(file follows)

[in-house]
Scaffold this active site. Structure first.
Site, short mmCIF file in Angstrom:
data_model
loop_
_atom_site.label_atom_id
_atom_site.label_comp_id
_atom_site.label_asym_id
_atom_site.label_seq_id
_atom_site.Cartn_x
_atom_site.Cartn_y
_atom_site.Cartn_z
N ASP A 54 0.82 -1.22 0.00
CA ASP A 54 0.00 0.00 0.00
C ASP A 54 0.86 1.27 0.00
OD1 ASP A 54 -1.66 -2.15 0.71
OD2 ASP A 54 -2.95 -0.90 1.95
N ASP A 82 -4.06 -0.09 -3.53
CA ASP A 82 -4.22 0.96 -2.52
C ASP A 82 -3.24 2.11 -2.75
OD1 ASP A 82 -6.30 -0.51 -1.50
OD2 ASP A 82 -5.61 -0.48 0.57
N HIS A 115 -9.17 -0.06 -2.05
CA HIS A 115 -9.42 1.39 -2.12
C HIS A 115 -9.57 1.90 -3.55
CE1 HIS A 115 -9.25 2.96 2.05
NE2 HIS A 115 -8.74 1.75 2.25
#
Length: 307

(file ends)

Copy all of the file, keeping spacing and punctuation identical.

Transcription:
[in-house]
Scaffold this active site. Structure first.
Site, short mmCIF file in Angstrom:
data_model
loop_
_atom_site.label_atom_id
_atom_site.label_comp_id
_atom_site.label_asym_id
_atom_site.label_seq_id
_atom_site.Cartn_x
_atom_site.Cartn_y
_atom_site.Cartn_z
N ASP A 54 0.82 -1.22 0.00
CA ASP A 54 0.00 0.00 0.00
C ASP A 54 0.86 1.27 0.00
OD1 ASP A 54 -1.66 -2.15 0.71
OD2 ASP A 54 -2.95 -0.90 1.95
N ASP A 82 -4.06 -0.09 -3.53
CA ASP A 82 -4.22 0.96 -2.52
C ASP A 82 -3.24 2.11 -2.75
OD1 ASP A 82 -6.30 -0.51 -1.50
OD2 ASP A 82 -5.61 -0.48 0.57
N HIS A 115 -9.17 -0.06 -2.05
CA HIS A 115 -9.42 1.39 -2.12
C HIS A 115 -9.57 1.90 -3.55
CE1 HIS A 115 -9.25 2.96 2.05
NE2 HIS A 115 -8.74 1.75 2.25
#
Length: 307